The gift — the largest in the center's history — will enable FHCRC researchers, in partnership with the University of Washington and the Seattle Cancer Care Alliance, to transform treatment of common solid-tumor cancers — including those of the lung, ovaries, pancreas, and colon — through adoptive T-cell therapy. Because T-cell therapy eliminates cancer cells without harming healthy ones, it causes fewer side effects than chemotherapy, radiation, and surgery. The gift will provide funds for collecting and analyzing tumor samples that lead to the discovery of new targets for immune-based therapies and enable immunologists and gene therapy researchers to continue perfecting T cells and other components of these therapies.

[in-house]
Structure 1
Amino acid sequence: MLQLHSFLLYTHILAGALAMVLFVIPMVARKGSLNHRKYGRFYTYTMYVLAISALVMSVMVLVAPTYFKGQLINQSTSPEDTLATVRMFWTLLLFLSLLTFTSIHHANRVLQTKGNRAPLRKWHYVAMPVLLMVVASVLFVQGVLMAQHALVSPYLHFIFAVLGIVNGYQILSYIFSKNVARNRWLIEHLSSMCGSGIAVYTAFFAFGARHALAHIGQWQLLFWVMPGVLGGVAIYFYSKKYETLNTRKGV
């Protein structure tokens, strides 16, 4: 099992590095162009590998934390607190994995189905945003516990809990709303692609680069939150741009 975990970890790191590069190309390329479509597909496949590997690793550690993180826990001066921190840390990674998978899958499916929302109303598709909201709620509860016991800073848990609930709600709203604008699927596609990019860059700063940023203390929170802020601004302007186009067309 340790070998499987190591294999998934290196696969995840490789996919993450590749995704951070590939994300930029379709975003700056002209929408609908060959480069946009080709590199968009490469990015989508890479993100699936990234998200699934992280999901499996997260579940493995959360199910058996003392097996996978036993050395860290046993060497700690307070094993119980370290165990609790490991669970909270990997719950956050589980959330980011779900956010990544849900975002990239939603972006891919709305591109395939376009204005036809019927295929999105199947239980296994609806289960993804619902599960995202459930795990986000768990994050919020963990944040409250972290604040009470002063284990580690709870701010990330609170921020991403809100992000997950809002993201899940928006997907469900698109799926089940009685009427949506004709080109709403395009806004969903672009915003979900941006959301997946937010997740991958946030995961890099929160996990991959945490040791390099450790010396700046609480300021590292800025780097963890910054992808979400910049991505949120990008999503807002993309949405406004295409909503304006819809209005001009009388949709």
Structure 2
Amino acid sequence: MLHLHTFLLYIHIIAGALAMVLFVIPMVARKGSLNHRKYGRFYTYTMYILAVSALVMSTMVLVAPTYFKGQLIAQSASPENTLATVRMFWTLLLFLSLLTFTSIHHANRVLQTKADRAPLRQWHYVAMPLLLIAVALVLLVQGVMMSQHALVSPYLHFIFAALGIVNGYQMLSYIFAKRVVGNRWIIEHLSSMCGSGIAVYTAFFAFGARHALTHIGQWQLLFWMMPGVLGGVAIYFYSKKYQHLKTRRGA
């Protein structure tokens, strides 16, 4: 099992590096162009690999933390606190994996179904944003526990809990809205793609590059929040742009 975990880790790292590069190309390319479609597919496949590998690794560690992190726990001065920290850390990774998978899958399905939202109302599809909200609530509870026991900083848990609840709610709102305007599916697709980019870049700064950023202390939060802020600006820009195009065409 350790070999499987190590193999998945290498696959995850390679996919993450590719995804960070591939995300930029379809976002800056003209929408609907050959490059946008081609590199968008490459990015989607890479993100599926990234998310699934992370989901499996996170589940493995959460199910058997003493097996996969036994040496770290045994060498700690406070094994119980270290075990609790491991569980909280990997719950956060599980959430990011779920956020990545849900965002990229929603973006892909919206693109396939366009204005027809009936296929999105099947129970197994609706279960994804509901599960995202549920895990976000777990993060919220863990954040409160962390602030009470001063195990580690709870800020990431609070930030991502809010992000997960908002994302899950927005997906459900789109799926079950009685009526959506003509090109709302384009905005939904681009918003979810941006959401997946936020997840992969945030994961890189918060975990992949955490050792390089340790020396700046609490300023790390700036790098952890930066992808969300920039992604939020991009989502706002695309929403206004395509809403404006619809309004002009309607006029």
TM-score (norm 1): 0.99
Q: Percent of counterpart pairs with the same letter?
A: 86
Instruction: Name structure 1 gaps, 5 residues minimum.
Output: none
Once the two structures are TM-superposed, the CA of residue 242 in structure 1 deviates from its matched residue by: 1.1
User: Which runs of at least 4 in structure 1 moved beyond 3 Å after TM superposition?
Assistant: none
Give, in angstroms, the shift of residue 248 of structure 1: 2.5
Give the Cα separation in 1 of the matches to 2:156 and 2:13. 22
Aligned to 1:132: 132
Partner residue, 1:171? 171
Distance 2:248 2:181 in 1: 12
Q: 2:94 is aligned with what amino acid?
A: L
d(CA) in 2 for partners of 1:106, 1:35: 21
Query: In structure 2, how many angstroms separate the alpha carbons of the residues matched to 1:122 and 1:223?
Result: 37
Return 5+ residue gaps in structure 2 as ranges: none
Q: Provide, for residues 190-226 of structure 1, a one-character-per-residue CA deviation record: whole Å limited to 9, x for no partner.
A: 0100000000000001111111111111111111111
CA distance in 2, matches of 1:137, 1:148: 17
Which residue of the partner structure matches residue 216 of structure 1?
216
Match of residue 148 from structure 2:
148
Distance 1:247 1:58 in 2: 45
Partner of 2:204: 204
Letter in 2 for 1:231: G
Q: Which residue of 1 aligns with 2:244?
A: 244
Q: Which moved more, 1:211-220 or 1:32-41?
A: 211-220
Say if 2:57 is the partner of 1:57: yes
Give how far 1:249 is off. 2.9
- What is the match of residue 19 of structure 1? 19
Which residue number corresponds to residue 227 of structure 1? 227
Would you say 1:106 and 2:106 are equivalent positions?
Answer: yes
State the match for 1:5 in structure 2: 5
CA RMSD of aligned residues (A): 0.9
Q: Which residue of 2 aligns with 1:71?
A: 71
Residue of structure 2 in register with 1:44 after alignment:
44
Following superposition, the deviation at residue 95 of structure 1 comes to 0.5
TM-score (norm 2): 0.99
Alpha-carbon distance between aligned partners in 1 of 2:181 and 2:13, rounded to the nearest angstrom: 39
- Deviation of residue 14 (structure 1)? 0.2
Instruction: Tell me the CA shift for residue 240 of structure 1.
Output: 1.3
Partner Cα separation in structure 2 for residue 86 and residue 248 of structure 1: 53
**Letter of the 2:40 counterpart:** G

"The kind of funding we've received from the Bezos family allows us to support our world-class team and recruit essential new team members, conduct pilot studies of new ideas, and organize the entire discovery process from A to Z — from concept to basic science to preclinical studies to clinical trials," said FHCRC executive vice president and deputy director Frederick R. Appelbaum. "It's almost undoable with conventional grant funding, but with philanthropic funding to structure the whole program — as opposed to just a couple experiments — it's a whole different world."